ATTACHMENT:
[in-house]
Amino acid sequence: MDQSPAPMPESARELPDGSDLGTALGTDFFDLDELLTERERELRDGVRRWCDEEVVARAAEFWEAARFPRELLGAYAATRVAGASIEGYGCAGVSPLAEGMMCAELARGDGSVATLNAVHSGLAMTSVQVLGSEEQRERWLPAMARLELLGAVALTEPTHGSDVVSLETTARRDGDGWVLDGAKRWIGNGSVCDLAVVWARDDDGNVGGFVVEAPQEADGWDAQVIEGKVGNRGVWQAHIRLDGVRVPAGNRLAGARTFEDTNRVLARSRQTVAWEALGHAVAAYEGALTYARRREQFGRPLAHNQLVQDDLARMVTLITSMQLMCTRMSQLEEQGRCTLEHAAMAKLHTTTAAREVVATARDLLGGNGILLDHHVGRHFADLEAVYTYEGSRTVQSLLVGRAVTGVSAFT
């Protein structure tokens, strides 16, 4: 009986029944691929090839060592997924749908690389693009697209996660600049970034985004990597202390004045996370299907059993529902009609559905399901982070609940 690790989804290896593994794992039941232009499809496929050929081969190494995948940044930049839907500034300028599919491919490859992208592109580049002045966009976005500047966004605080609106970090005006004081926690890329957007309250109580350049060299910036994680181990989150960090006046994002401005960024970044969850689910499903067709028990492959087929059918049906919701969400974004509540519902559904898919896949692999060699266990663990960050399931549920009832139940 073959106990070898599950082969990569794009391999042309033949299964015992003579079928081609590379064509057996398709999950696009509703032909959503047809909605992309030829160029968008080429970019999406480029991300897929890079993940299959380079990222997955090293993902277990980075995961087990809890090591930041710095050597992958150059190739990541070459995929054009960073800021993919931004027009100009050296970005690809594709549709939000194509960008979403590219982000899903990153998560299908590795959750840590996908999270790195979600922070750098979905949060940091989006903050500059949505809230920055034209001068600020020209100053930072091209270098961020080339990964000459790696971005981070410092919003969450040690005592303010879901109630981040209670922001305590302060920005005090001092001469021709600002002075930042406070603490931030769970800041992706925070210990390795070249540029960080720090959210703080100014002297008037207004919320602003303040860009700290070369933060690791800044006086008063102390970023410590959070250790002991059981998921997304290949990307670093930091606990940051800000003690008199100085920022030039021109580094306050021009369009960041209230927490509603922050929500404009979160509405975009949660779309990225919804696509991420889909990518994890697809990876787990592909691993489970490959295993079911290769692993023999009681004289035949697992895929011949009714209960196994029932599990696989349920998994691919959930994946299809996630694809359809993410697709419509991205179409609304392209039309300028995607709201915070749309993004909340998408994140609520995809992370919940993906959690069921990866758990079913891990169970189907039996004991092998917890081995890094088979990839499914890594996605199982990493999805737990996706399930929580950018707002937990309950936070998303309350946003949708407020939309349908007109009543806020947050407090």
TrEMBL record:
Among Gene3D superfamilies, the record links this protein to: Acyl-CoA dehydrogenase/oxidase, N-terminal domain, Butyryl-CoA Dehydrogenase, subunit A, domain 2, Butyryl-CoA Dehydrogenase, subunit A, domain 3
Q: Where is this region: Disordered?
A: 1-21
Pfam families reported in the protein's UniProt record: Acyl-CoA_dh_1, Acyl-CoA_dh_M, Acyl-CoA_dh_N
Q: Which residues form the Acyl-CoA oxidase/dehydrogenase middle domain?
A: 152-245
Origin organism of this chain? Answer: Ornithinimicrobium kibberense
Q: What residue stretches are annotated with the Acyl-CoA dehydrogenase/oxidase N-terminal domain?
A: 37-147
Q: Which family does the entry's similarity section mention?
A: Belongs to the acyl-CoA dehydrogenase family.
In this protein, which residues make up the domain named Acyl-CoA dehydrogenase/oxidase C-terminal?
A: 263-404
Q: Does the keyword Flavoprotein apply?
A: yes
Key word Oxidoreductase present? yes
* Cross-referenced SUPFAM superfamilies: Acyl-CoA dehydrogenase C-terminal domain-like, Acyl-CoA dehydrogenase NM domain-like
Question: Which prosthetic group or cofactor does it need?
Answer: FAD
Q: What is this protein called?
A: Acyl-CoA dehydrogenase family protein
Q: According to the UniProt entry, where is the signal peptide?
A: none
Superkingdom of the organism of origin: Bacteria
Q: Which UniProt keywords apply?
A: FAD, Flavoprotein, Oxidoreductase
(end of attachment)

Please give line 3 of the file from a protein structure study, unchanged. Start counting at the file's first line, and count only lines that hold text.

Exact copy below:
């Protein structure tokens, strides 16, 4: 009986029944691929090839060592997924749908690389693009697209996660600049970034985004990597202390004045996370299907059993529902009609559905399901982070609940 690790989804290896593994794992039941232009499809496929050929081969190494995948940044930049839907500034300028599919491919490859992208592109580049002045966009976005500047966004605080609106970090005006004081926690890329957007309250109580350049060299910036994680181990989150960090006046994002401005960024970044969850689910499903067709028990492959087929059918049906919701969400974004509540519902559904898919896949692999060699266990663990960050399931549920009832139940 073959106990070898599950082969990569794009391999042309033949299964015992003579079928081609590379064509057996398709999950696009509703032909959503047809909605992309030829160029968008080429970019999406480029991300897929890079993940299959380079990222997955090293993902277990980075995961087990809890090591930041710095050597992958150059190739990541070459995929054009960073800021993919931004027009100009050296970005690809594709549709939000194509960008979403590219982000899903990153998560299908590795959750840590996908999270790195979600922070750098979905949060940091989006903050500059949505809230920055034209001068600020020209100053930072091209270098961020080339990964000459790696971005981070410092919003969450040690005592303010879901109630981040209670922001305590302060920005005090001092001469021709600002002075930042406070603490931030769970800041992706925070210990390795070249540029960080720090959210703080100014002297008037207004919320602003303040860009700290070369933060690791800044006086008063102390970023410590959070250790002991059981998921997304290949990307670093930091606990940051800000003690008199100085920022030039021109580094306050021009369009960041209230927490509603922050929500404009979160509405975009949660779309990225919804696509991420889909990518994890697809990876787990592909691993489970490959295993079911290769692993023999009681004289035949697992895929011949009714209960196994029932599990696989349920998994691919959930994946299809996630694809359809993410697709419509991205179409609304392209039309300028995607709201915070749309993004909340998408994140609520995809992370919940993906959690069921990866758990079913891990169970189907039996004991092998917890081995890094088979990839499914890594996605199982990493999805737990996706399930929580950018707002937990309950936070998303309350946003949708407020939309349908007109009543806020947050407090």